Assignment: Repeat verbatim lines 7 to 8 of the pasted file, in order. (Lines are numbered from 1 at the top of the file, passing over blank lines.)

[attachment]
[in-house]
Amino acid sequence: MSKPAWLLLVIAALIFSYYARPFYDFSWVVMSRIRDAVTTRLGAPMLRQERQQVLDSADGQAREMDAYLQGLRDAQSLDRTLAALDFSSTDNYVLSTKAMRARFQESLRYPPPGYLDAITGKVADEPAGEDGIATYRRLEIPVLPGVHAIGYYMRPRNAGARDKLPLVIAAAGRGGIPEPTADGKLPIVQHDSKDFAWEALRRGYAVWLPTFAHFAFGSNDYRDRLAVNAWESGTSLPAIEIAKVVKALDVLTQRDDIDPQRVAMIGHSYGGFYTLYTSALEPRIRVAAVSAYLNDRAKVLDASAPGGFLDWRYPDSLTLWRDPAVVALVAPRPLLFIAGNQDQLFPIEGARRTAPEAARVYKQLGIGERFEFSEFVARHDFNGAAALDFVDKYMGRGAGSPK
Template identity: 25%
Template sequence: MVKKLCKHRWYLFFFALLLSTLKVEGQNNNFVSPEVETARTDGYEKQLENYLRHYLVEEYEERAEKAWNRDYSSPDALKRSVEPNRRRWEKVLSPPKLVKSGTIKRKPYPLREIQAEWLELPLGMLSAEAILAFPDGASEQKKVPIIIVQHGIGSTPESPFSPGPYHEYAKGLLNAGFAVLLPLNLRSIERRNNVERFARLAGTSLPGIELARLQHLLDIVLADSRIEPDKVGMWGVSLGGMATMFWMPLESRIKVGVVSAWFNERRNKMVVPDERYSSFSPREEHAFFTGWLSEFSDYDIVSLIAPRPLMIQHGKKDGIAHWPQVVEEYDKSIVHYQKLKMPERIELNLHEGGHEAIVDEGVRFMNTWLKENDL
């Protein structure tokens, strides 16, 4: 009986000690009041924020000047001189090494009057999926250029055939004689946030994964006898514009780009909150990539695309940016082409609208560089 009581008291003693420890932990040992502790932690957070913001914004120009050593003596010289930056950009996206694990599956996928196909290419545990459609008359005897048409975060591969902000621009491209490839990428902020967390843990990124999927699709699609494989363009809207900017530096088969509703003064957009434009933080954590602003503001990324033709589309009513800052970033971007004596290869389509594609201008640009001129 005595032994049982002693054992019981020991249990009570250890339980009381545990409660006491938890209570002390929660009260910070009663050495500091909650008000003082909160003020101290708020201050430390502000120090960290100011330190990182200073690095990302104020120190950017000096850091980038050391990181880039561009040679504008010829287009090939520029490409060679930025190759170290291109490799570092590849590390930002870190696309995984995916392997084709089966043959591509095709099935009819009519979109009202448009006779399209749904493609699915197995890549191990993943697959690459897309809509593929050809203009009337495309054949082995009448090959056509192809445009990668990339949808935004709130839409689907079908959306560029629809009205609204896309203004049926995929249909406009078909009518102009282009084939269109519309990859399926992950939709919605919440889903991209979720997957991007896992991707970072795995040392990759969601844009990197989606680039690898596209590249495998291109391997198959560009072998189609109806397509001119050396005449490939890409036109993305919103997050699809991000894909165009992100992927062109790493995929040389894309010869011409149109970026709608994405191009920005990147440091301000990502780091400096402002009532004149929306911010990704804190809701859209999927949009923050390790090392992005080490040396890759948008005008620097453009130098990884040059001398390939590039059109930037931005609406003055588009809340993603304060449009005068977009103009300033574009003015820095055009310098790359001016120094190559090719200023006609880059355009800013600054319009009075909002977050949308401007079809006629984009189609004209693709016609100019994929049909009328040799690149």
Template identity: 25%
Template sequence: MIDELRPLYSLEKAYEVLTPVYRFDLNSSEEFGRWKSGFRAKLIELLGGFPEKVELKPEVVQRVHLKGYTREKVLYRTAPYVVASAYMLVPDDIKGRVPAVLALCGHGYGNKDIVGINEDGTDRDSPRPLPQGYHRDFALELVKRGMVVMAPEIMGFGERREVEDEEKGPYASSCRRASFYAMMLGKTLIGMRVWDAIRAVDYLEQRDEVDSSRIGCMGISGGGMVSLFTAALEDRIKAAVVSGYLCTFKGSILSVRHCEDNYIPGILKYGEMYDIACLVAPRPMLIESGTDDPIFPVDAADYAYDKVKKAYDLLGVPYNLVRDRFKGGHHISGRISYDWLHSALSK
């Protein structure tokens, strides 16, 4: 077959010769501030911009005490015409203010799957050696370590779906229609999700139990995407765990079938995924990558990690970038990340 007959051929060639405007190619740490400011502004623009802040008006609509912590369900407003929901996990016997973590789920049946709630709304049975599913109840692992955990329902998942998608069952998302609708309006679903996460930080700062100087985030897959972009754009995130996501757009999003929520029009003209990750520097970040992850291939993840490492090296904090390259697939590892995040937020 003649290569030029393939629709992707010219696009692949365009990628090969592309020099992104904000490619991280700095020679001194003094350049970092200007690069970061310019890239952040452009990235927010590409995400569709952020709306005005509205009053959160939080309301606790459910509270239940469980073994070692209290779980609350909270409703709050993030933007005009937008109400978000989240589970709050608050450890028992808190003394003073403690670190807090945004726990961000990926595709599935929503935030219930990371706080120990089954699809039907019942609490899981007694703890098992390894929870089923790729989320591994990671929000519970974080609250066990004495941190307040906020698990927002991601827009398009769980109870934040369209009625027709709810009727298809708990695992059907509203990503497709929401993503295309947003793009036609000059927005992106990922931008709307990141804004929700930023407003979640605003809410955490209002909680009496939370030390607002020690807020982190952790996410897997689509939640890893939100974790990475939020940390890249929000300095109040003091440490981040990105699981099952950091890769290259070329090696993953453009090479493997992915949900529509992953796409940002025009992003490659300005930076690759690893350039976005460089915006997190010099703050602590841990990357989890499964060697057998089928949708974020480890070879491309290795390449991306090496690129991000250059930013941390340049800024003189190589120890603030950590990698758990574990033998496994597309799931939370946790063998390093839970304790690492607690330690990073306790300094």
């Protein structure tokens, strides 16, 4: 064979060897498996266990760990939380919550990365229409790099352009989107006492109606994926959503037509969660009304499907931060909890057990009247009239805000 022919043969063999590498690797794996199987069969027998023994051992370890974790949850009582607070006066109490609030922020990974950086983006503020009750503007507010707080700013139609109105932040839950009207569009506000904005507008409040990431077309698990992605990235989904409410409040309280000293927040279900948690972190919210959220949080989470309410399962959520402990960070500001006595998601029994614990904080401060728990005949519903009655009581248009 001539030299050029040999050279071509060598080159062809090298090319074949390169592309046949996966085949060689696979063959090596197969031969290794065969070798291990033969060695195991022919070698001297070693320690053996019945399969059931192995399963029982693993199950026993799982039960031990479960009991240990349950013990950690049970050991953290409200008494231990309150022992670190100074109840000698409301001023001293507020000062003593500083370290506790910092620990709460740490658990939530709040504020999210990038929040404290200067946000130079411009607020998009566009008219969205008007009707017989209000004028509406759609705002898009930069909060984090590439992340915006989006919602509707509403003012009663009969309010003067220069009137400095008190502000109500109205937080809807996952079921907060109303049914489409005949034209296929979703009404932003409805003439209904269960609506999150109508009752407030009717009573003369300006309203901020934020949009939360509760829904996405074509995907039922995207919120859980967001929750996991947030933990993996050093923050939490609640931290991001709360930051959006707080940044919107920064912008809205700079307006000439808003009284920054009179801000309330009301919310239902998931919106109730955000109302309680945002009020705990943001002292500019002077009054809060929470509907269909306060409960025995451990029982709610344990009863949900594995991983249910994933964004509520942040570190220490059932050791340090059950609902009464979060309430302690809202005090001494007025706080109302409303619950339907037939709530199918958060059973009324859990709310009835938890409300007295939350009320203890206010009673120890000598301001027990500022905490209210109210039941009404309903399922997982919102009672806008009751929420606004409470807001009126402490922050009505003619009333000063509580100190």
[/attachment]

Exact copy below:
Template sequence: MIDELRPLYSLEKAYEVLTPVYRFDLNSSEEFGRWKSGFRAKLIELLGGFPEKVELKPEVVQRVHLKGYTREKVLYRTAPYVVASAYMLVPDDIKGRVPAVLALCGHGYGNKDIVGINEDGTDRDSPRPLPQGYHRDFALELVKRGMVVMAPEIMGFGERREVEDEEKGPYASSCRRASFYAMMLGKTLIGMRVWDAIRAVDYLEQRDEVDSSRIGCMGISGGGMVSLFTAALEDRIKAAVVSGYLCTFKGSILSVRHCEDNYIPGILKYGEMYDIACLVAPRPMLIESGTDDPIFPVDAADYAYDKVKKAYDLLGVPYNLVRDRFKGGHHISGRISYDWLHSALSK
């Protein structure tokens, strides 16, 4: 077959010769501030911009005490015409203010799957050696370590779906229609999700139990995407765990079938995924990558990690970038990340 007959051929060639405007190619740490400011502004623009802040008006609509912590369900407003929901996990016997973590789920049946709630709304049975599913109840692992955990329902998942998608069952998302609708309006679903996460930080700062100087985030897959972009754009995130996501757009999003929520029009003209990750520097970040992850291939993840490492090296904090390259697939590892995040937020 003649290569030029393939629709992707010219696009692949365009990628090969592309020099992104904000490619991280700095020679001194003094350049970092200007690069970061310019890239952040452009990235927010590409995400569709952020709306005005509205009053959160939080309301606790459910509270239940469980073994070692209290779980609350909270409703709050993030933007005009937008109400978000989240589970709050608050450890028992808190003394003073403690670190807090945004726990961000990926595709599935929503935030219930990371706080120990089954699809039907019942609490899981007694703890098992390894929870089923790729989320591994990671929000519970974080609250066990004495941190307040906020698990927002991601827009398009769980109870934040369209009625027709709810009727298809708990695992059907509203990503497709929401993503295309947003793009036609000059927005992106990922931008709307990141804004929700930023407003979640605003809410955490209002909680009496939370030390607002020690807020982190952790996410897997689509939640890893939100974790990475939020940390890249929000300095109040003091440490981040990105699981099952950091890769290259070329090696993953453009090479493997992915949900529509992953796409940002025009992003490659300005930076690759690893350039976005460089915006997190010099703050602590841990990357989890499964060697057998089928949708974020480890070879491309290795390449991306090496690129991000250059930013941390340049800024003189190589120890603030950590990698758990574990033998496994597309799931939370946790063998390093839970304790690492607690330690990073306790300094």